To ask the Chancellor of the Exchequer (1) pursuant to his Answer of 15 May 2003, Official Report, column 377W, on heavily indebted poor countries, whether he will make a detailed proposal for a donor-funded technical assistance facility to provide advice to HIPC countries facing litigation at the forthcoming G8 summit in Evian; (2) if he will introduce tax incentives for creditors taking part in the HIPC initiative; (3) pursuant to his Answer of 15 May 2003,
Official Report, column 377W, on heavily indebted poor countries, what steps have been taken by (a) the IMF and (b) the World Bank since the G7 Kananaskis summit to encourage creditors to take part in the HIPC Initiative; 
(4) pursuant to his answer of 15 May 2003, Official Report, column 377W, what plans he has to amend legislation governing litigation against heavily indebted poor countries; 
(5) pursuant to his answer of 15 May 2003, Official Report, column 377W, on heavily indebted poor countries, what plans he has to convene a conference to discuss with creditors the value of participating in debt relief for heavily indebted poor countries; 
(6) pursuant to his answer of 15 May 2003, Official Report, column 377W, on heavily indebted poor countries, what the implementation status is of each of the commitments from the G7 Kananaskis summit;
(7) pursuant to his answer of 15 May 2003, Official Report, column 377W, on heavily indebted poor countries, whether the World Bank has drawn up a timetable to investigate options for assisting with HIPC-to-HIPC debt. 
The UK government has been at the forefront of the international debate on debt relief issues, and continues to press for the rapid and full implementation of the Heavily Indebted Poor Countries (HIPC) initiative. In particular, the UK is seeking agreement that additional bilateral voluntary debt relief should be excluded from the calculation of topping-up at Completion Point in the HIPC initiative, and this rule change could provide a further US $1 billion in debt relief to HIPCs. The UK is also seeking to explore further options to address the issues of creditor litigation within the enhanced HIPC initiative. While the initiative does not alter the legal rights and obligations between HIPCs and their external creditors the UK believes that an adequate HIPC legal defence is still essential in reaching fair and equitable settlements with some creditors. More detail on the steps taken by the IMF and World Bank to encourage creditor participation and the status of commitments on HIPC from the G7 Kananaskis Summit, can be found in the September 2002 HIPC Status of Implementation Report and the March 2003 HIPC Initiative—Statistical Update. Both are available from the World Bank Website www.worldbank.orq/hipc.On March 12, 2003, the Executive Board of the IMF paper discussed creditor participation issues in the HIPC initiative. The Public Information Notice issued by the IMF on April 3, 2003, for this meeting reported the discussion between Directors on the issue of HIPC-to-HIPC debt:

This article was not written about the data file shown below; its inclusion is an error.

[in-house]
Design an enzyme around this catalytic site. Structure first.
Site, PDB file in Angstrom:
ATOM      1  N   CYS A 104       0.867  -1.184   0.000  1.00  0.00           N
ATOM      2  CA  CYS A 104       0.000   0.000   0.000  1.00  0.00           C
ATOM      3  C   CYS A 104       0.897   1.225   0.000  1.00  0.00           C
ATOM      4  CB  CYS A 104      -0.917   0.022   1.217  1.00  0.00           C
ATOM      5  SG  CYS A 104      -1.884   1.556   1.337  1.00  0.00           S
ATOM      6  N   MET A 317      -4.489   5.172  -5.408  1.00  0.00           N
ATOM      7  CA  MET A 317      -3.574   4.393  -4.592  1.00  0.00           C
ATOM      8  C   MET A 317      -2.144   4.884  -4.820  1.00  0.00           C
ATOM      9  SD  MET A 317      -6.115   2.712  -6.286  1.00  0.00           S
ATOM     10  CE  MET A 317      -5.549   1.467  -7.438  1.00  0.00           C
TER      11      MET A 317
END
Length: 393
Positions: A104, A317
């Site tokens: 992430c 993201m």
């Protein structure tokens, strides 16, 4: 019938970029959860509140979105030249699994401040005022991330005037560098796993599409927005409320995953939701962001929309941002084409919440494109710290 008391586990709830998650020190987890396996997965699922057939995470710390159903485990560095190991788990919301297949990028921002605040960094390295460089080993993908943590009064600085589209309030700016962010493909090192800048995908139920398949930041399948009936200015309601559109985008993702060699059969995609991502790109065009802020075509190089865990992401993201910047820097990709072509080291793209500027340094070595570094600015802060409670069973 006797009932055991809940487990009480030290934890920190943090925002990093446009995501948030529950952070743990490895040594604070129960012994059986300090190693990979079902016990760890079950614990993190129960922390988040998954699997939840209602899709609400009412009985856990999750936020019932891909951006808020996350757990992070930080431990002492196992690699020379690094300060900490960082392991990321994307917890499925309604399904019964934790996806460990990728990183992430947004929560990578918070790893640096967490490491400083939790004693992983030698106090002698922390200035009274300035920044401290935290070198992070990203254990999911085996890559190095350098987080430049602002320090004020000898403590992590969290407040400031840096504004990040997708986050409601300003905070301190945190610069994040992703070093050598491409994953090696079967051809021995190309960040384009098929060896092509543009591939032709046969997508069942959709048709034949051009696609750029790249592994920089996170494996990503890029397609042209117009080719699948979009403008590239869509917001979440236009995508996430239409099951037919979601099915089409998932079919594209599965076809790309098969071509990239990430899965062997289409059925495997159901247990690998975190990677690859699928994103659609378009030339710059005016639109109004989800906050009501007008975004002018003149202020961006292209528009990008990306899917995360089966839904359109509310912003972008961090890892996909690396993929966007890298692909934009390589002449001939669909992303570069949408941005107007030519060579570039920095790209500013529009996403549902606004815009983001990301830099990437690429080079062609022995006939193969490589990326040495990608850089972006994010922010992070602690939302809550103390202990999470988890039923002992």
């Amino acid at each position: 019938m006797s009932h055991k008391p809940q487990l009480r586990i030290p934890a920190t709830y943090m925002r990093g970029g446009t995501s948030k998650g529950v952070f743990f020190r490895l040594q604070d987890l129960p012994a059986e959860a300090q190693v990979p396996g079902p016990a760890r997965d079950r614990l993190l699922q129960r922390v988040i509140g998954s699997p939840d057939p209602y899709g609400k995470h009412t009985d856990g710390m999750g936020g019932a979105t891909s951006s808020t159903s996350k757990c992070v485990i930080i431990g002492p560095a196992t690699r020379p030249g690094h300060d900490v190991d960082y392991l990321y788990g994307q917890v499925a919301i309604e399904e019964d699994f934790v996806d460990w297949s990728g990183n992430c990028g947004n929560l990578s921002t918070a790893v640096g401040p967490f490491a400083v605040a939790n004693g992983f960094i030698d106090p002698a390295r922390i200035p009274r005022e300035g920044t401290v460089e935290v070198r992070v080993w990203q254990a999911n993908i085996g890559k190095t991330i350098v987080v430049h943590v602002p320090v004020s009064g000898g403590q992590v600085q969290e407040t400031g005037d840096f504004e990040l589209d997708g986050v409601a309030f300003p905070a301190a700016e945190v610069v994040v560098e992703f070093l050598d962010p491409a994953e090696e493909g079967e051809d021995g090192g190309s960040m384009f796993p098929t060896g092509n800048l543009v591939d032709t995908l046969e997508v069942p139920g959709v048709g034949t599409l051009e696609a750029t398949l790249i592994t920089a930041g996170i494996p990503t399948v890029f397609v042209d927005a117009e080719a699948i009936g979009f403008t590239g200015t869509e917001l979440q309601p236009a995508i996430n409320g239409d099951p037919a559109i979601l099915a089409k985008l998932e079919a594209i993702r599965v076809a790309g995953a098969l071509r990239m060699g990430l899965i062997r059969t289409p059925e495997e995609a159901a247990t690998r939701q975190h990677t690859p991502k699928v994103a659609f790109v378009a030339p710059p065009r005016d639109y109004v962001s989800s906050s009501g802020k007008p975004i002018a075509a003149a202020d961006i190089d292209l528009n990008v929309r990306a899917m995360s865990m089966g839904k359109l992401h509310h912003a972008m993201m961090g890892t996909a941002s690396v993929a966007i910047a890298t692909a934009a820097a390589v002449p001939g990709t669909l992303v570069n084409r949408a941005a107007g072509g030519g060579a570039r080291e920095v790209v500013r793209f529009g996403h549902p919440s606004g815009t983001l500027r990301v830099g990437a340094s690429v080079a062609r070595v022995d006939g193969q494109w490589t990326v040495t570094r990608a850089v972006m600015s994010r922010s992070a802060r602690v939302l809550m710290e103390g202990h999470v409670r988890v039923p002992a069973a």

"On HIPC-to-HIPC debt relief, Directors took note of the fact that these claims are concentrated in a few HIPC creditors, and that some creditors have already made commitments to deliver their share of debt relief under the Initiative. Directors agreed that, where resolution of such outstanding claims is hindered by technical issues, the staff should be ready to provide technical assistance when requested by both parties, to help HIPC creditors and debtors themselves resolve these outstanding technical disputes.
Many Directors welcomed the proposal of the World Bank staff to establish and administer a trust fund to channel donor assistance to finance HIPC-to-HIPC debt relief. They agreed that such a trust fund should be used in cases where HIPC creditors are unable to deliver their share of HIPC relief owing to financial constraints, in accordance with the principles and conditions set out by individual donors. Others, however, questioned the need for such a fund given the small size of HIPC-to-HIPC debt and the existence of moral hazard issues."
The full text of this Public Information Notice is available from the IMF website www. imf.org/external/news.htm. With respect to tax incentives for creditors taking part in the HIPC initiative, corporate loan creditors can already claim relief under the loan relationships regime for losses on the release of debt owed by HIPC countries. The Inland Revenue is not aware of any non-corporate loan creditors.
While the UK continues to work hard to promote the HIPC initiative the Government acknowledges that debt relief is not a panacea for broader economic development problems; even the provision of 100 per cent. debt relief to all low-income countries would still fall short of the resources needed to meet the Millennium Development Goals. That is why the Chancellor has proposed an International Finance Facility (IFF) that would seek to double the amount of development aid from just over US$50 billion a year today to $100 billion per year in the years to 2015.